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Friday, October 21, 2016 12:49
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Reprinted from Amy Ridenour’s National Center for Public Policy Research Blog at

Silver Apple Logo White

Hate to say it, but I think Apple, one of America’s premier companies, may have its best days behind it.

Yesterday, I wrote about incompetence at the U.S. Postal Service. Today, it’s Apple.

Used to be, you paid more for an Apple computer, but, in exchange, you got hardware that would last and an operating system that was superior, even if you did have to give up on a lot of software options because many developers only made their products for Windows or, showing my age here, MS-DOS.

I speak, obviously, of the Steve Job days, so I concede there was an exception for some years in the 90s (although we stayed loyal, even then).

I went for Apple — which means the National Center for Public Policy Research went Apple — in 1985, and we never looked back, despite some concern for the company’s politics, and a well-covered contretemps with Tim Cook after we submitted a shareholder proposal examining the company’s actual record on environmental issues versus the one the public hears about.

But last week, one of our laptops, purchased in 2015, wouldn’t start up. We took it to an authorized Mac repair shop in Severna Park, MD. Bad logic board. Apple sent a replacement. It was bad also. Ever since, we’ve been trying to get Apple to ship a second replacement logic board to the repair shop. It won’t. It says it will, or so we’re told, but, every day, it doesn’t.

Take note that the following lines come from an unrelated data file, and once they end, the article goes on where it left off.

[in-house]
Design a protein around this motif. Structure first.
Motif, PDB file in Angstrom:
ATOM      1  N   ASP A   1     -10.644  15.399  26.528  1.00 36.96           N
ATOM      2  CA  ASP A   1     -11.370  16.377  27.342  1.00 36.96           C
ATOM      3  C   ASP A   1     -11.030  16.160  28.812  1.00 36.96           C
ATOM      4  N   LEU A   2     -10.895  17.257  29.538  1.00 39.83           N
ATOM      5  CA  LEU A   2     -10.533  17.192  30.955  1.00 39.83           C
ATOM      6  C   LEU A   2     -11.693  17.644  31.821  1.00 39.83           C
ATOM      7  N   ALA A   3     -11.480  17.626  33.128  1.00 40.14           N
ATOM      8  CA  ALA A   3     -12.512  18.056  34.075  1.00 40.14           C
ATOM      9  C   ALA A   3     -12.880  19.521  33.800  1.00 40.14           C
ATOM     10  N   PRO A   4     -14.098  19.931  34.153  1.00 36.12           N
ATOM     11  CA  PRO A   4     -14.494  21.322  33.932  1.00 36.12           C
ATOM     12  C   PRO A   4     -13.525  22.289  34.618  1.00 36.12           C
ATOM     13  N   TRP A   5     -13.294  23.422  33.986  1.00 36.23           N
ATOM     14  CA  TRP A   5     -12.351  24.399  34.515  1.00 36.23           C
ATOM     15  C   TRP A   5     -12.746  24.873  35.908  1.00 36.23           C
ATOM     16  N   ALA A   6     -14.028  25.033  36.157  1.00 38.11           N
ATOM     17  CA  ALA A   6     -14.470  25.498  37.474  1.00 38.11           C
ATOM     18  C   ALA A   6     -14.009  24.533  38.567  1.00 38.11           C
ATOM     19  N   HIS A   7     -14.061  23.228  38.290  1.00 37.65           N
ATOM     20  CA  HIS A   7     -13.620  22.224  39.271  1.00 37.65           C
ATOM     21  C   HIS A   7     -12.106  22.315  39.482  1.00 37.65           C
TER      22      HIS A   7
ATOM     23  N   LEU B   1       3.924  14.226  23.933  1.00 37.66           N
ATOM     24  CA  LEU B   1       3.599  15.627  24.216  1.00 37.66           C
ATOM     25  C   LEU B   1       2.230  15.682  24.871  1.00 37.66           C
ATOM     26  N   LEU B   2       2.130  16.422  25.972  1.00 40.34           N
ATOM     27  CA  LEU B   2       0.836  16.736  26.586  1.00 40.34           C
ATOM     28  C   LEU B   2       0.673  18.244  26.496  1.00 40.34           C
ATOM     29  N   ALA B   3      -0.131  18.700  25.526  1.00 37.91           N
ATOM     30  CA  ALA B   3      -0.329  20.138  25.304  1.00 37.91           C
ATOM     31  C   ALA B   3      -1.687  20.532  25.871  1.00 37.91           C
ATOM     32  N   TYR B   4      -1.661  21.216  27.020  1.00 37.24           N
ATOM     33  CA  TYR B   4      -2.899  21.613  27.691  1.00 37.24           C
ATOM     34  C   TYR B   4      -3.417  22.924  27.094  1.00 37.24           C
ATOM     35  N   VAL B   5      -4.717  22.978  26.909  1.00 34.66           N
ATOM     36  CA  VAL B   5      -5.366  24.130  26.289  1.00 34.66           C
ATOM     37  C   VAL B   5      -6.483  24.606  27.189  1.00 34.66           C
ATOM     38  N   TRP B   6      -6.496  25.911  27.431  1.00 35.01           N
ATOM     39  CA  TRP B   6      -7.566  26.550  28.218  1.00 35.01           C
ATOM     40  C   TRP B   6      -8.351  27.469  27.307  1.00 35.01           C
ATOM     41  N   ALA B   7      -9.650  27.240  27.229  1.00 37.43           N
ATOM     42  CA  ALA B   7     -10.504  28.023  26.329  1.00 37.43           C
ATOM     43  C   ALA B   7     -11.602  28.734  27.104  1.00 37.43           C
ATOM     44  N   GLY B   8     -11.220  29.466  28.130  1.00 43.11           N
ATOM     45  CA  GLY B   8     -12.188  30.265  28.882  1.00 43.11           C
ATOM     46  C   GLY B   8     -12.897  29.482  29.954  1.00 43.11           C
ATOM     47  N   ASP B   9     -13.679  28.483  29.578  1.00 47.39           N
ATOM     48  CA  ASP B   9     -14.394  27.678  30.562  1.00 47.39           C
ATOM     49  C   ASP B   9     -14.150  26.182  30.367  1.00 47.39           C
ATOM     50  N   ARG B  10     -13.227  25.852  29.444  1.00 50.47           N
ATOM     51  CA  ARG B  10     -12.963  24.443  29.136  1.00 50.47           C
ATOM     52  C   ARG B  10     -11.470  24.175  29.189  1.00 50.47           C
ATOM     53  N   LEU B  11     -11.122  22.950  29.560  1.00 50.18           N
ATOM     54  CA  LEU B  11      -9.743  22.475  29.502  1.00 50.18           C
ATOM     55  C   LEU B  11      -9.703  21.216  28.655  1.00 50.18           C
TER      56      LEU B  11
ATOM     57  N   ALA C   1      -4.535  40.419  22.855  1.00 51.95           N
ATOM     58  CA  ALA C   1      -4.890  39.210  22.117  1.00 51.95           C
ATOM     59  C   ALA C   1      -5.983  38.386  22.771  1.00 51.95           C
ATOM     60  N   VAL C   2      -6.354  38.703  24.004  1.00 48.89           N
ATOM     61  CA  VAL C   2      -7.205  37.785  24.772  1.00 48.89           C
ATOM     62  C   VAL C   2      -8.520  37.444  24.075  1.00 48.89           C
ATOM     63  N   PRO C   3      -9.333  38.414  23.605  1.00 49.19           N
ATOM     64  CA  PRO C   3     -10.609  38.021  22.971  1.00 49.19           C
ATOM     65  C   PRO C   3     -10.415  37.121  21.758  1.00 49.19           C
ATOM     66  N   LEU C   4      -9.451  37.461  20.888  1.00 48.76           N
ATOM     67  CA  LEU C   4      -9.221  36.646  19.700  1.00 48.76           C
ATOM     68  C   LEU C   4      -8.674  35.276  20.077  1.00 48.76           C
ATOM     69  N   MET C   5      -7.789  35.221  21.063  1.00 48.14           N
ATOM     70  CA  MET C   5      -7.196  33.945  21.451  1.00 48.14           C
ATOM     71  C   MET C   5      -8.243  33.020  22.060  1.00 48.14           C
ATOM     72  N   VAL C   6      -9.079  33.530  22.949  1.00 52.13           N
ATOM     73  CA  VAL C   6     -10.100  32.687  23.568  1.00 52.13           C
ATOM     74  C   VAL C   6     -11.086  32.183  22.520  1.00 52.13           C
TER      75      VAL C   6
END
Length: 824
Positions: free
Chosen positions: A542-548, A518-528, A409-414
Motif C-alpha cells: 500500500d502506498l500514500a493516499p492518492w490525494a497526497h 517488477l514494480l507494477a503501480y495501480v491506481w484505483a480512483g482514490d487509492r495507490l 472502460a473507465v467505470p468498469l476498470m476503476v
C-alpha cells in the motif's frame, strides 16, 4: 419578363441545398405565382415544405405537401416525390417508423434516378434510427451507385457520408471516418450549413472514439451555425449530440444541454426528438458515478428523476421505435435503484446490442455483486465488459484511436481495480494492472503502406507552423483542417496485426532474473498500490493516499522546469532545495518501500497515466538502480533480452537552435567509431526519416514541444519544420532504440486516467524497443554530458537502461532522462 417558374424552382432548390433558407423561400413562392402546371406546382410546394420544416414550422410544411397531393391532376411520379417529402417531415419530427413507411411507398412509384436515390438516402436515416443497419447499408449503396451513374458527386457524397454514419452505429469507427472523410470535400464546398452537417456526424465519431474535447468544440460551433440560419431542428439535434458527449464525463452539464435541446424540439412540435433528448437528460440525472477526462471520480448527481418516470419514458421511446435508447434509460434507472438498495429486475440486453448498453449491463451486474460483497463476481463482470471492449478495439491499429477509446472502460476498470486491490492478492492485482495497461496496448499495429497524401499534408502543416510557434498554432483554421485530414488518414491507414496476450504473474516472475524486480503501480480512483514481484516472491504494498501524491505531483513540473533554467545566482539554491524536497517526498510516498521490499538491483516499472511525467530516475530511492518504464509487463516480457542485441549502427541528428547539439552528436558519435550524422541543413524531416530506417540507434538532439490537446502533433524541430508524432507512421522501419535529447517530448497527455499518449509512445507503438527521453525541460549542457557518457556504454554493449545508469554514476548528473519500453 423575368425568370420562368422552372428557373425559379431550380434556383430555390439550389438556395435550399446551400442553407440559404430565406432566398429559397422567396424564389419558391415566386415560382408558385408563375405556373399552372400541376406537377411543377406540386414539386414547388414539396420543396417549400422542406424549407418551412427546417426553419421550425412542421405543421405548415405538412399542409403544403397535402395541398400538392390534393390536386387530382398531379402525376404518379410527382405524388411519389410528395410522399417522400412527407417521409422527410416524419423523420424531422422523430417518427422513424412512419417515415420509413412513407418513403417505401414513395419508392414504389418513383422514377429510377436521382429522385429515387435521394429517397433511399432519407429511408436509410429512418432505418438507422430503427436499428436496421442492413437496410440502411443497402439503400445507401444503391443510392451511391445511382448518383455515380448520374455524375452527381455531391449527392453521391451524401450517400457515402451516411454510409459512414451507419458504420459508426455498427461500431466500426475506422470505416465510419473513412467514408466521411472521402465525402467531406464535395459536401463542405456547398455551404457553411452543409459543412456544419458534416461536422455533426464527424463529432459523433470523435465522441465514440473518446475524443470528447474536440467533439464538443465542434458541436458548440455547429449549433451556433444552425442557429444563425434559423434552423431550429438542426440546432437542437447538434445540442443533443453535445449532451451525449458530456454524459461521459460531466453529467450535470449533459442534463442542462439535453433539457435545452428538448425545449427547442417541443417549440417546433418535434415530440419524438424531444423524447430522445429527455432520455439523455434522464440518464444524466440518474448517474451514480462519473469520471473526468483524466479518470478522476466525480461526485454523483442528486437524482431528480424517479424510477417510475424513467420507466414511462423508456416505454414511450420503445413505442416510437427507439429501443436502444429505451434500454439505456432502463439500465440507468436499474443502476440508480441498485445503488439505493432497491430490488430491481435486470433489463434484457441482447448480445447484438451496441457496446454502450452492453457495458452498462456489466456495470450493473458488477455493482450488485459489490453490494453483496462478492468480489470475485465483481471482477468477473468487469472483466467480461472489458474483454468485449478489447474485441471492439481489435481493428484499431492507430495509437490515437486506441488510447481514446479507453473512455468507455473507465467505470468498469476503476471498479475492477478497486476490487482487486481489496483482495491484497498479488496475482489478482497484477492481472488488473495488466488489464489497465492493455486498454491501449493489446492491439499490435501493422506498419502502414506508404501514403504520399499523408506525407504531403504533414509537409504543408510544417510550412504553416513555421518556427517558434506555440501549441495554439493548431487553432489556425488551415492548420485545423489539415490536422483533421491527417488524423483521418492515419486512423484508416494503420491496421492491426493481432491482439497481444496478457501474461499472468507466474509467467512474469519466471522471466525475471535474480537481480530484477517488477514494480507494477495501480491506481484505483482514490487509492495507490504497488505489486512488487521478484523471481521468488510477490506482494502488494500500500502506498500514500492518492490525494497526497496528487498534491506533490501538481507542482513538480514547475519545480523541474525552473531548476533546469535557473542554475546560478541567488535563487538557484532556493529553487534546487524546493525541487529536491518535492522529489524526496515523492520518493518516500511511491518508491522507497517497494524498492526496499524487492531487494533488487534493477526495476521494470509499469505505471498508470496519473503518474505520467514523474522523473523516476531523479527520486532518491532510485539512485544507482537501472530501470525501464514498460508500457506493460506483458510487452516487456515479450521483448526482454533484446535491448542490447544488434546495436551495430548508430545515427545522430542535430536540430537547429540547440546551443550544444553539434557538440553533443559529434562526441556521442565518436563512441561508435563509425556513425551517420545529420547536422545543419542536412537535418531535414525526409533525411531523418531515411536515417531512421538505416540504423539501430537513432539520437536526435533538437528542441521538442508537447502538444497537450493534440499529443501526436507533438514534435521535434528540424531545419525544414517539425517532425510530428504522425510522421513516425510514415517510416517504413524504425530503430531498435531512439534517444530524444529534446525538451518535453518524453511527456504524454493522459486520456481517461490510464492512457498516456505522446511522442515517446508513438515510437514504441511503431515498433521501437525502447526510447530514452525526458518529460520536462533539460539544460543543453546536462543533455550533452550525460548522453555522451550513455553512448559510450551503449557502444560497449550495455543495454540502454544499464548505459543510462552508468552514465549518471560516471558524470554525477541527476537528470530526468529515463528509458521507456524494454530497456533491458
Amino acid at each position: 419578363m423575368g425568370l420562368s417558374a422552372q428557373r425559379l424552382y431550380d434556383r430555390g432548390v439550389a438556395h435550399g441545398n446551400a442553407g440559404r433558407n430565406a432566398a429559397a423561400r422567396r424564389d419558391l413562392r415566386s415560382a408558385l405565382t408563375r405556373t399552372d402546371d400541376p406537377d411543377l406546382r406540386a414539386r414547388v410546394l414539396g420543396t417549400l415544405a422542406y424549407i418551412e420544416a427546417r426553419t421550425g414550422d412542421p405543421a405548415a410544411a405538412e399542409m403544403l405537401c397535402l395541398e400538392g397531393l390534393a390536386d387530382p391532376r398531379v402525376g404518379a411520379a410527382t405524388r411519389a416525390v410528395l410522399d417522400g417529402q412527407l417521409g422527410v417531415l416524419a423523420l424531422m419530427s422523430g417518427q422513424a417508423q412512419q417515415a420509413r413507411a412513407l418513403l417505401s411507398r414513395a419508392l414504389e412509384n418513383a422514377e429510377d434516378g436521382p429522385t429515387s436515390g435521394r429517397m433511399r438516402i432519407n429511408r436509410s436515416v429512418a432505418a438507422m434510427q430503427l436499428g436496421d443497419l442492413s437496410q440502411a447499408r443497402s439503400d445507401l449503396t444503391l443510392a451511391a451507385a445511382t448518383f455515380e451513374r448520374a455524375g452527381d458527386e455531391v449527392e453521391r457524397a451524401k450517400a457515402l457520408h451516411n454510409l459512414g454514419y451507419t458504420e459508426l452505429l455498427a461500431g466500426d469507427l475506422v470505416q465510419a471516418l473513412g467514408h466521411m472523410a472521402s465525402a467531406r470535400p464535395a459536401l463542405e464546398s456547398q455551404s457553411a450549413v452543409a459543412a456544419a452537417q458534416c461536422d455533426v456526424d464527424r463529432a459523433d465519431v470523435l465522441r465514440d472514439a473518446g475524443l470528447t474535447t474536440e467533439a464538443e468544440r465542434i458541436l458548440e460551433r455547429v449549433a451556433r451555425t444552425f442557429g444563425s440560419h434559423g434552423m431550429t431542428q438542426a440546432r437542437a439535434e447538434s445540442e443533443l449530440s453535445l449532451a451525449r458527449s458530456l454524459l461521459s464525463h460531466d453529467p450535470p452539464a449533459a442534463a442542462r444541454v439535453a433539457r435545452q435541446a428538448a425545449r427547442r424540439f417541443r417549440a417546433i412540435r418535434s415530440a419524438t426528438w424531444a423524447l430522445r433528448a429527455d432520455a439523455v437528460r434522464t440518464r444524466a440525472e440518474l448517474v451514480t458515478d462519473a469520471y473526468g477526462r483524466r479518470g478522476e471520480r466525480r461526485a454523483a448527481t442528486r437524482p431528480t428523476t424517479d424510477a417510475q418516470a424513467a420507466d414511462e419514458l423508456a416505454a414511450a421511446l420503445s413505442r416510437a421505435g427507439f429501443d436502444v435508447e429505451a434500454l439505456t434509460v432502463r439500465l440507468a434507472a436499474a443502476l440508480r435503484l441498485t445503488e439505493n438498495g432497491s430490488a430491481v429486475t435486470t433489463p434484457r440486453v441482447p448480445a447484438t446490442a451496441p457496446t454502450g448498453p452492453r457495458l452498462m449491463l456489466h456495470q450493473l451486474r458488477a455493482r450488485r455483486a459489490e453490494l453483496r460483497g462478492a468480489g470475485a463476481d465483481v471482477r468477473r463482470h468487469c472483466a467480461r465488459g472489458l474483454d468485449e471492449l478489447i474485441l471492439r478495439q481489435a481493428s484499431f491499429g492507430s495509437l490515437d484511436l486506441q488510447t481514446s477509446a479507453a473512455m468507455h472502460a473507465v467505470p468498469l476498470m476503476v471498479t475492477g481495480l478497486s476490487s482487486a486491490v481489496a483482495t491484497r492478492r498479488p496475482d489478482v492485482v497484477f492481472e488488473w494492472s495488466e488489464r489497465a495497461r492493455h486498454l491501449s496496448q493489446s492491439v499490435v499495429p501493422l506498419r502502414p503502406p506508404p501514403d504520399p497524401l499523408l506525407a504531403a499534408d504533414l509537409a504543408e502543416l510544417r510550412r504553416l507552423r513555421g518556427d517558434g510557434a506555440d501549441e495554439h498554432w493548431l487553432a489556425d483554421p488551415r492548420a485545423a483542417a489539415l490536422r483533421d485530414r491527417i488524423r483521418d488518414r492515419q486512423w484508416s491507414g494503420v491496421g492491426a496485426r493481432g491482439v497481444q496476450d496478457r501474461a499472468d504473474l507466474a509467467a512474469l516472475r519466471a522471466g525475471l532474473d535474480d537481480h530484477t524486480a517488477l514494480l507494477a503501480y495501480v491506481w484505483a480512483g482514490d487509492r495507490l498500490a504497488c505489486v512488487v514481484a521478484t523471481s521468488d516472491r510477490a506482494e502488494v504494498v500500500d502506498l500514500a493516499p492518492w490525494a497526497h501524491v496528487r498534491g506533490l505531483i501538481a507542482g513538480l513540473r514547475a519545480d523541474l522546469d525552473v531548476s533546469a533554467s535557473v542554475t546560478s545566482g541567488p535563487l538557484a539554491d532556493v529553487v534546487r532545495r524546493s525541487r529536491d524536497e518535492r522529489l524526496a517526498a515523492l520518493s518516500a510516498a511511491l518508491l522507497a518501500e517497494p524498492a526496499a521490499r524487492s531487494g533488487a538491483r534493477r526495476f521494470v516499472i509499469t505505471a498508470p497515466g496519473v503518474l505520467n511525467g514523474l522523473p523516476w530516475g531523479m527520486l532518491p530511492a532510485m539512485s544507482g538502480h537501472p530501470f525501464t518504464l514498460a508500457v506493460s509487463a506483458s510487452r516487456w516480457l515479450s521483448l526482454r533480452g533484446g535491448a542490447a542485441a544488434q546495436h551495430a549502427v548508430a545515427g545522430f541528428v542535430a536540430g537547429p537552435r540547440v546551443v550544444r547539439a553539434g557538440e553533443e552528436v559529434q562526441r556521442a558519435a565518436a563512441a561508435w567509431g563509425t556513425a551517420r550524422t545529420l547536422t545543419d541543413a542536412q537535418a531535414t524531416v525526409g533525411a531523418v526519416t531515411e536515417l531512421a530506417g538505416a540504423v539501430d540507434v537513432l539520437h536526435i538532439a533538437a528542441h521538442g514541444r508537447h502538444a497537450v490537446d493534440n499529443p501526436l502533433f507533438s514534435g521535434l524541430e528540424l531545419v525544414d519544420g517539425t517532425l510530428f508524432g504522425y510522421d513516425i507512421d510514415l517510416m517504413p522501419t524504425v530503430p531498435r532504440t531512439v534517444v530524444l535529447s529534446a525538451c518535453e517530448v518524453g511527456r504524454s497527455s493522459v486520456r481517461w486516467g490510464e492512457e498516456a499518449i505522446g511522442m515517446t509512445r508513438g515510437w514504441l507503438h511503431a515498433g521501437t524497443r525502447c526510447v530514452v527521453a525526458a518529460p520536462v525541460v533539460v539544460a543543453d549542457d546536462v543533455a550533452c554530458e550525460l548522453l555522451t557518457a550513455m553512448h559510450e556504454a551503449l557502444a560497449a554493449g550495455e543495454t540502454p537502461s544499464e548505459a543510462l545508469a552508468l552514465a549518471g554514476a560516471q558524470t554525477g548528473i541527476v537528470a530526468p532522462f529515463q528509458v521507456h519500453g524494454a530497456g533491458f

I even called Apple myself to try to find out why it wouldn’t ship the part, but got nowhere, because the person at Apple, while cordial, had no idea how to tell if Apple would ship the part and he told me he had no idea how to transfer me to someone at Apple who would know — even though the repair facility gave me the order number so Apple could pull the record up on its computer system and trace the request.

The guy I’m speaking with at the repair shop tells me he worked for Apple itself for a decade, and he swears Apple has these orders on a computer (of course it does!), but the guy at Apple had no idea how to find us in the system, even with all our data on hand.

Once upon a time, when I needed Apple repairs (rarely) or upgrades (more likely), I actually would go to the back of the shop and watch them work, to learn how to do it myself.

The company in those days seemed organized and well-run, even though everyone swore it couldn’t last.

This version of Apple seems to be in chaos.

Logic boards really should last longer than a year, but let’s set that aside, and just say this: One ought to be able to get a replacement if it does go out. Apple’s not claiming it has a shortage, or a backlog, of logic boards for late-model laptops. It just isn’t sending the part after saying it will. Day after day.

How long will this go on?

Reprinted from Amy Ridenour’s National Center for Public Policy Research Blog at


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